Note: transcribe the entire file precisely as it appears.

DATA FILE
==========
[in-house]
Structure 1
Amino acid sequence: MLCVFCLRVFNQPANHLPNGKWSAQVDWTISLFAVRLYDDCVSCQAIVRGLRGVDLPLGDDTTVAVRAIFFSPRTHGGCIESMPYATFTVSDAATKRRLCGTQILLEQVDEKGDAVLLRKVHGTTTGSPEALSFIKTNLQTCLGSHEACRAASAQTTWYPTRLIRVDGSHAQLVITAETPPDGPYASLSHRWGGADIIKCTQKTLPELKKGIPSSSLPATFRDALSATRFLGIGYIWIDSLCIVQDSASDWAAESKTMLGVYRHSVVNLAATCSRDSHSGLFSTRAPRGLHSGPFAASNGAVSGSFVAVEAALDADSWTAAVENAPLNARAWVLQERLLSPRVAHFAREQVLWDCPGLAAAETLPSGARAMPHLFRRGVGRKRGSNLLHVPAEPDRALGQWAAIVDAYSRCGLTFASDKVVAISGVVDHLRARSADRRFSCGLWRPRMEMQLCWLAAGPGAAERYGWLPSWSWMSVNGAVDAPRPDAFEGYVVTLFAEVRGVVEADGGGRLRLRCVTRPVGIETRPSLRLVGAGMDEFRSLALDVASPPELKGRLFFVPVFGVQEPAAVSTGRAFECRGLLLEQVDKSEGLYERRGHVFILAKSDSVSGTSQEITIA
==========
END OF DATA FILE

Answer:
[in-house]
Structure 1
Amino acid sequence: MLCVFCLRVFNQPANHLPNGKWSAQVDWTISLFAVRLYDDCVSCQAIVRGLRGVDLPLGDDTTVAVRAIFFSPRTHGGCIESMPYATFTVSDAATKRRLCGTQILLEQVDEKGDAVLLRKVHGTTTGSPEALSFIKTNLQTCLGSHEACRAASAQTTWYPTRLIRVDGSHAQLVITAETPPDGPYASLSHRWGGADIIKCTQKTLPELKKGIPSSSLPATFRDALSATRFLGIGYIWIDSLCIVQDSASDWAAESKTMLGVYRHSVVNLAATCSRDSHSGLFSTRAPRGLHSGPFAASNGAVSGSFVAVEAALDADSWTAAVENAPLNARAWVLQERLLSPRVAHFAREQVLWDCPGLAAAETLPSGARAMPHLFRRGVGRKRGSNLLHVPAEPDRALGQWAAIVDAYSRCGLTFASDKVVAISGVVDHLRARSADRRFSCGLWRPRMEMQLCWLAAGPGAAERYGWLPSWSWMSVNGAVDAPRPDAFEGYVVTLFAEVRGVVEADGGGRLRLRCVTRPVGIETRPSLRLVGAGMDEFRSLALDVASPPELKGRLFFVPVFGVQEPAAVSTGRAFECRGLLLEQVDKSEGLYERRGHVFILAKSDSVSGTSQEITIA